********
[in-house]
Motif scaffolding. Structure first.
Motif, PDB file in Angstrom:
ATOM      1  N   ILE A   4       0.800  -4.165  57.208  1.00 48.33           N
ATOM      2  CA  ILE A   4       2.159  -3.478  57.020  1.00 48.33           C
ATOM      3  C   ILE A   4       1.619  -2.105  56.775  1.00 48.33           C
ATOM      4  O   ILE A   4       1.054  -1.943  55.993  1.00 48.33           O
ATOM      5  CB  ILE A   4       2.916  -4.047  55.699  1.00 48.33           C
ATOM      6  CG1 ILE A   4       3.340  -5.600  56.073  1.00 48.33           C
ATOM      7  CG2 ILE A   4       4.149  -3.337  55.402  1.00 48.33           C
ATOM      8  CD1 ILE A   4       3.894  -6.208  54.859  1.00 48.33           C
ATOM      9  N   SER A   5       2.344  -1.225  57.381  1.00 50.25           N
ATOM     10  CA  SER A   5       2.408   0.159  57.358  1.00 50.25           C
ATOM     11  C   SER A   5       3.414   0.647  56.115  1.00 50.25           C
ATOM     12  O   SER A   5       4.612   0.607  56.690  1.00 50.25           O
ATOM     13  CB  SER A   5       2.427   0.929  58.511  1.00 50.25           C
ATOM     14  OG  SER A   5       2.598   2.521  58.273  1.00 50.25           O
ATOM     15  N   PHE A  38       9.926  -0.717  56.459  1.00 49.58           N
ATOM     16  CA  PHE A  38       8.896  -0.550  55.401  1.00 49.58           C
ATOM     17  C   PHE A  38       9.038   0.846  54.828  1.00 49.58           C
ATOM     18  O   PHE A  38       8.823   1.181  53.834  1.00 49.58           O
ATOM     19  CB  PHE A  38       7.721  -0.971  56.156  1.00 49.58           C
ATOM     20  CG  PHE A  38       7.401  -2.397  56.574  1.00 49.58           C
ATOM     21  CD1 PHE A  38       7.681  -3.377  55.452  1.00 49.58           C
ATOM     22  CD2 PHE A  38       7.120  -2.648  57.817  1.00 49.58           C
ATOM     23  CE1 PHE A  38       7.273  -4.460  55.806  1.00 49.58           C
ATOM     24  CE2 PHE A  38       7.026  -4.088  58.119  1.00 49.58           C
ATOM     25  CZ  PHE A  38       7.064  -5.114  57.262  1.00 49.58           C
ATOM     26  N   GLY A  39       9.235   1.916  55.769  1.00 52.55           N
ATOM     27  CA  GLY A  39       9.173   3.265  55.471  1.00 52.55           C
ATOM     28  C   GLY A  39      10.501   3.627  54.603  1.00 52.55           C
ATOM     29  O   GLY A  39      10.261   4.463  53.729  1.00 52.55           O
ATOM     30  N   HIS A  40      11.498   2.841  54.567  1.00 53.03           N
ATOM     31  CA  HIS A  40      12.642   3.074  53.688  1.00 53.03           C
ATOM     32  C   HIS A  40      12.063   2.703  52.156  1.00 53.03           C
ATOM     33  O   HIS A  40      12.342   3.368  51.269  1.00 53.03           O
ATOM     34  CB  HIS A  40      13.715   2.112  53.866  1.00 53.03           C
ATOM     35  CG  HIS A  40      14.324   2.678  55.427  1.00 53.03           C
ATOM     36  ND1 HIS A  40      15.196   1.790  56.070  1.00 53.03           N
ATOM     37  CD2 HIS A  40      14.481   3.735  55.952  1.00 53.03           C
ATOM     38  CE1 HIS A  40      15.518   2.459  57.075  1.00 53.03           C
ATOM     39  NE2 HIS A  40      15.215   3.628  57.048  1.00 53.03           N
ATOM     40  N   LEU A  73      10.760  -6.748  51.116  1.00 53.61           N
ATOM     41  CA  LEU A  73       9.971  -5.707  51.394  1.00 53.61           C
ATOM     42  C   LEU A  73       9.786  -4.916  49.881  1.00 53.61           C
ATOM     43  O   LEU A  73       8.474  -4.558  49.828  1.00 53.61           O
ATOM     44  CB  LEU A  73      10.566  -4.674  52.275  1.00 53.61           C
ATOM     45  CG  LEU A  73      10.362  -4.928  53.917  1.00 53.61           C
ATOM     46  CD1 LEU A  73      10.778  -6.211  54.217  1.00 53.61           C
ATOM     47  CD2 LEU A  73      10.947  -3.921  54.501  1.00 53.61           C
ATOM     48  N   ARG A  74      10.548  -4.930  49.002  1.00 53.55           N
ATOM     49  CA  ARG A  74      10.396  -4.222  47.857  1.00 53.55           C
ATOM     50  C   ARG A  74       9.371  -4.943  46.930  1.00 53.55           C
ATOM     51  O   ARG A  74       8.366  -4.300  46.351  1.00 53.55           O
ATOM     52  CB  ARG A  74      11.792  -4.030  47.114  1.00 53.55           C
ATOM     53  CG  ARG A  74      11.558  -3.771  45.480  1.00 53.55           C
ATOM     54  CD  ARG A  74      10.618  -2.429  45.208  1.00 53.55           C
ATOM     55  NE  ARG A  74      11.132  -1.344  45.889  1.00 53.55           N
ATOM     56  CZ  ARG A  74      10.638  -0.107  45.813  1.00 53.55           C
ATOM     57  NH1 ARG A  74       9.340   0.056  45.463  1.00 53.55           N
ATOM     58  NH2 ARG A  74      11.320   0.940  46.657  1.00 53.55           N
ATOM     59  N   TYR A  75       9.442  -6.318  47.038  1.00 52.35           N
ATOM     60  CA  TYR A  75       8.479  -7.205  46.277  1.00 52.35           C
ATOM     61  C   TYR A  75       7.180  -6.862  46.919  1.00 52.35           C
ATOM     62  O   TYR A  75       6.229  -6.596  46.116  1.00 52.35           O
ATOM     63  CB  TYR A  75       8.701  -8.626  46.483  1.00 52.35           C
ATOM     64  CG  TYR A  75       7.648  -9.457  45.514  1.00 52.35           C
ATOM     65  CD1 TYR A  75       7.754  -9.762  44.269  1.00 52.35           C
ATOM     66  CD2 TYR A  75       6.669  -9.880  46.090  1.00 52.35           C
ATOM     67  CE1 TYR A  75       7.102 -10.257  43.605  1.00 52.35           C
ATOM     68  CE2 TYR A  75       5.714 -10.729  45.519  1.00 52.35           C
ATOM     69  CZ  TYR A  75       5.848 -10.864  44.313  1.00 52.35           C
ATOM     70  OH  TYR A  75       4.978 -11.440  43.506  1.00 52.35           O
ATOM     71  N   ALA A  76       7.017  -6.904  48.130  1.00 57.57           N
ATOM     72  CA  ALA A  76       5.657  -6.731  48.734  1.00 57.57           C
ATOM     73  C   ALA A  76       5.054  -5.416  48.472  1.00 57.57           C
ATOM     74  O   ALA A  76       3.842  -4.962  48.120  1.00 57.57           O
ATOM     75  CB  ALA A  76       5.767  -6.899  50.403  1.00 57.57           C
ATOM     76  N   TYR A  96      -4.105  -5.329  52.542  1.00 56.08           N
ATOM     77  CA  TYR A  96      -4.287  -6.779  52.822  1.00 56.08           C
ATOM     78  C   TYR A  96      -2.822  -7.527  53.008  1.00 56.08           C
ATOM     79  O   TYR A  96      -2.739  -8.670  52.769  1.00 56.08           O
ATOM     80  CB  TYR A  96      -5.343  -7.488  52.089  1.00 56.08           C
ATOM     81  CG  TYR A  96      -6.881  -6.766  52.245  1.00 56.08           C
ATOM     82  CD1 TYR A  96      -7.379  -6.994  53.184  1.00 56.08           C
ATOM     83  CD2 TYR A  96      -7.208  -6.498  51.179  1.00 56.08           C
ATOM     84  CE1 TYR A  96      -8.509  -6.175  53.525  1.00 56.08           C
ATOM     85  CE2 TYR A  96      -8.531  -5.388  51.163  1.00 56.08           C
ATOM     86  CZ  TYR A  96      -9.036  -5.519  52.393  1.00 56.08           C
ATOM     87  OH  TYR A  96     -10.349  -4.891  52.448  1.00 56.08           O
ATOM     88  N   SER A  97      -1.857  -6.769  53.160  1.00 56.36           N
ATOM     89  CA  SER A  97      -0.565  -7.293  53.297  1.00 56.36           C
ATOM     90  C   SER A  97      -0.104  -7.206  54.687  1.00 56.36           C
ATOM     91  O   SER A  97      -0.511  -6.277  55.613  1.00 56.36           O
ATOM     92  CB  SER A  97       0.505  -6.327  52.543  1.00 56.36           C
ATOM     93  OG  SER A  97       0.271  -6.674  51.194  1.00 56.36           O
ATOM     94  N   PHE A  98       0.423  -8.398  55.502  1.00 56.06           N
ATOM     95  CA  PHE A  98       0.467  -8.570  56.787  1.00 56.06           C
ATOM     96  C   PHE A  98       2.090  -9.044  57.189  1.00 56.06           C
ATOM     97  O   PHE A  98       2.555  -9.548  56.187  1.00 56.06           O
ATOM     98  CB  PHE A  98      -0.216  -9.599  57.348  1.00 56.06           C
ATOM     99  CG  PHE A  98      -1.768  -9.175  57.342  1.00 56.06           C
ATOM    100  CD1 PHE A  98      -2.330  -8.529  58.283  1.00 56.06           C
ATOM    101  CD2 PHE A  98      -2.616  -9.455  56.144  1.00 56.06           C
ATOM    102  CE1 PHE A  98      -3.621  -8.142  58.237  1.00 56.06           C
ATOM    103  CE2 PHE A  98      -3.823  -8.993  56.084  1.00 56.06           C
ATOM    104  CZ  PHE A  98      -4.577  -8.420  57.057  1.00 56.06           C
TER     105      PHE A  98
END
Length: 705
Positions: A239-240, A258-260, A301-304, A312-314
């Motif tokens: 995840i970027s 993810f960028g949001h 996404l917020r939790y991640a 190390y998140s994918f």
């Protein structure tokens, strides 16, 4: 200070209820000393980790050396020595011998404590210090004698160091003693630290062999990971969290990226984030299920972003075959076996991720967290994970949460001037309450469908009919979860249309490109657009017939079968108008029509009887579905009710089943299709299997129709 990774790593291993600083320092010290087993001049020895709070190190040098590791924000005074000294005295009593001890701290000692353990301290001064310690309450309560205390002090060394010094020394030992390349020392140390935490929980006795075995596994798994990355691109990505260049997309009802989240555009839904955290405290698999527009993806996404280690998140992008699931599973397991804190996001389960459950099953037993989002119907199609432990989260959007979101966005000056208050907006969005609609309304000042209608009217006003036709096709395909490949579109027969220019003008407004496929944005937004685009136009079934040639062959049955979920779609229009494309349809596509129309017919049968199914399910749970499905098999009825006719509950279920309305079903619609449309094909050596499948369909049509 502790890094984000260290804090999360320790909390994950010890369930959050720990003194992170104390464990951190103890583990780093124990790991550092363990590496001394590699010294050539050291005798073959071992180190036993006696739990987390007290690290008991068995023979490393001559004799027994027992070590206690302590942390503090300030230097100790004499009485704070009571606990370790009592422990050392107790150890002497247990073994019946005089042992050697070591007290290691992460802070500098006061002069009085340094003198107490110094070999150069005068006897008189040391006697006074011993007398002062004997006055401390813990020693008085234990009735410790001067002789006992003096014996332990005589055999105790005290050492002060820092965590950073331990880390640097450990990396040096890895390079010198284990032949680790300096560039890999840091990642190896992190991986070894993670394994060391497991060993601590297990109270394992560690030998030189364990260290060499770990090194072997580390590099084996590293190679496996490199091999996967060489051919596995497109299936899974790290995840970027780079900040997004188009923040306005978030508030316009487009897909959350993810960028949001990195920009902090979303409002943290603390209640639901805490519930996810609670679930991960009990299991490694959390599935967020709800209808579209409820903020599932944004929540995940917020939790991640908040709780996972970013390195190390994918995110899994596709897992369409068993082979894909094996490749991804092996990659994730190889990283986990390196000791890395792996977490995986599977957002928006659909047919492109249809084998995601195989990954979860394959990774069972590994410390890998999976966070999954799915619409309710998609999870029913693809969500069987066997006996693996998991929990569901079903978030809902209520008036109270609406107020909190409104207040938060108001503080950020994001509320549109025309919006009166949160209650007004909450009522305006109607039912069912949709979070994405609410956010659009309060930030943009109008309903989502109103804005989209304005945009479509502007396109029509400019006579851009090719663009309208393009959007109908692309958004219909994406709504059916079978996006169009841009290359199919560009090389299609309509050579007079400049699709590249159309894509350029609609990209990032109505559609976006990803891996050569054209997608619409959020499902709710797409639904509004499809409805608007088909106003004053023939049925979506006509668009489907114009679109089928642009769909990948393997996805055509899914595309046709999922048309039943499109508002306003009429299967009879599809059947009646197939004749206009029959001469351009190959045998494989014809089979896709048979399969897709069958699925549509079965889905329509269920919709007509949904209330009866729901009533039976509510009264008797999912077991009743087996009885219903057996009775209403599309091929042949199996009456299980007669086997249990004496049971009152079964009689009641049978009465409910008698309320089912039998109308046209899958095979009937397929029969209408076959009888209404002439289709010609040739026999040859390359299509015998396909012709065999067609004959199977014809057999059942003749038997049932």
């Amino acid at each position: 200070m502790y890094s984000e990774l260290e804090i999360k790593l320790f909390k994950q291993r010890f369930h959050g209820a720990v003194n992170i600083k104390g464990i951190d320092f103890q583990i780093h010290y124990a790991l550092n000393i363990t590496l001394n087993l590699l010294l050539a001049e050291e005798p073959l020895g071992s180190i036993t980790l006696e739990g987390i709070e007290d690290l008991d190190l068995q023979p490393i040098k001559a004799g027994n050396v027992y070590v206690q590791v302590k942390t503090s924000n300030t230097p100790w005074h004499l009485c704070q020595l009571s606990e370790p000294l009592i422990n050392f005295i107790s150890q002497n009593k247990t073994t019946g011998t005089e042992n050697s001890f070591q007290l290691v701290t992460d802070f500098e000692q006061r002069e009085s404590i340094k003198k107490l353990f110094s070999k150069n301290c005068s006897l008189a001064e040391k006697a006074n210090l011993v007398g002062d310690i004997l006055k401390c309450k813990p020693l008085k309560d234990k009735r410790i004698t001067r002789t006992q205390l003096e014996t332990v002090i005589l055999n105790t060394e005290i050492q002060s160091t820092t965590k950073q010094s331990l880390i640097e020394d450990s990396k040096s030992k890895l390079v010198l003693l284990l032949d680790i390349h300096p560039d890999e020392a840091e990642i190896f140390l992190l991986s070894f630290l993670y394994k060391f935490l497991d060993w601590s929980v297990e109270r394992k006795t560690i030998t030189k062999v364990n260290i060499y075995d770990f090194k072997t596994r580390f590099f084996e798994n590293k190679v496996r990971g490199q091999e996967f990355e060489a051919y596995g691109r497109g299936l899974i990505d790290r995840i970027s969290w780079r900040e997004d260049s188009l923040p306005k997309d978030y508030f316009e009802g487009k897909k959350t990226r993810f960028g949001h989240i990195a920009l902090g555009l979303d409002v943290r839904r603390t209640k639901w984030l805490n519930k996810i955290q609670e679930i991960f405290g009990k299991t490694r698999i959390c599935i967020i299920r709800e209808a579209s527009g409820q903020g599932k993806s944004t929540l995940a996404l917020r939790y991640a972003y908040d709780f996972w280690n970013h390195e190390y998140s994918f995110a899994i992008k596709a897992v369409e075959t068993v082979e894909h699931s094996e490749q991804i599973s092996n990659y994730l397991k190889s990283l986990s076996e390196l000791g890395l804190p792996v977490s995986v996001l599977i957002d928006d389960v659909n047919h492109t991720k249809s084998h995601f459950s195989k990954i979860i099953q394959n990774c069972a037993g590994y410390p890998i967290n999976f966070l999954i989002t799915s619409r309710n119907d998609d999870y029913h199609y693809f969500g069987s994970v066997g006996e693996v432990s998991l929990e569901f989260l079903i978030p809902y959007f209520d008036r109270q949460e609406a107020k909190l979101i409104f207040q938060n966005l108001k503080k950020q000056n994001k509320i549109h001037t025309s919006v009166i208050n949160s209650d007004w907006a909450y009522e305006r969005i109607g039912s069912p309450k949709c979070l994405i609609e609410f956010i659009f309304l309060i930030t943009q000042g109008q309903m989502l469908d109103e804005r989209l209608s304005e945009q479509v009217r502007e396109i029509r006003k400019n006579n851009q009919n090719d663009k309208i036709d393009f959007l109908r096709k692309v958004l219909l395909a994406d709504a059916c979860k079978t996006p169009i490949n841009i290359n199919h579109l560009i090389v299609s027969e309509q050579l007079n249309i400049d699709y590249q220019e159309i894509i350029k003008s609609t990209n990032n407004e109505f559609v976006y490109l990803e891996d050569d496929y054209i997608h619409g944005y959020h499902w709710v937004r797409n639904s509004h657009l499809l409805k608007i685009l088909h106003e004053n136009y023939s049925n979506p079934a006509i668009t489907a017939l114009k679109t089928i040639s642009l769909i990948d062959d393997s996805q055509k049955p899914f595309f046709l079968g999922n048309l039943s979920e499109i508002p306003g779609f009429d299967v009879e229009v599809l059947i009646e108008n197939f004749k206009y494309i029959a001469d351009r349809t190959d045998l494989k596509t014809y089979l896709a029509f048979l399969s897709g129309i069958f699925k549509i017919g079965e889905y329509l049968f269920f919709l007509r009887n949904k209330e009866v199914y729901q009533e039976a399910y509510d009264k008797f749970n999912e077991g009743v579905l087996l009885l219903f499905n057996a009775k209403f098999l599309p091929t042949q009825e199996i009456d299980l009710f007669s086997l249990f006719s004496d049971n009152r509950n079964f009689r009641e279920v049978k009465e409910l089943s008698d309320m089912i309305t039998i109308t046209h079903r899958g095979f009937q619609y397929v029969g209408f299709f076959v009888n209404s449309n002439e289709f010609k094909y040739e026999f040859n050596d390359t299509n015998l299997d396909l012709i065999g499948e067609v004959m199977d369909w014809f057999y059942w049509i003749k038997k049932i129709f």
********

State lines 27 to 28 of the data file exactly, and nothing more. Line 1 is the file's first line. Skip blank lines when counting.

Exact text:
ATOM     24  CE2 PHE A  38       7.026  -4.088  58.119  1.00 49.58           C
ATOM     25  CZ  PHE A  38       7.064  -5.114  57.262  1.00 49.58           C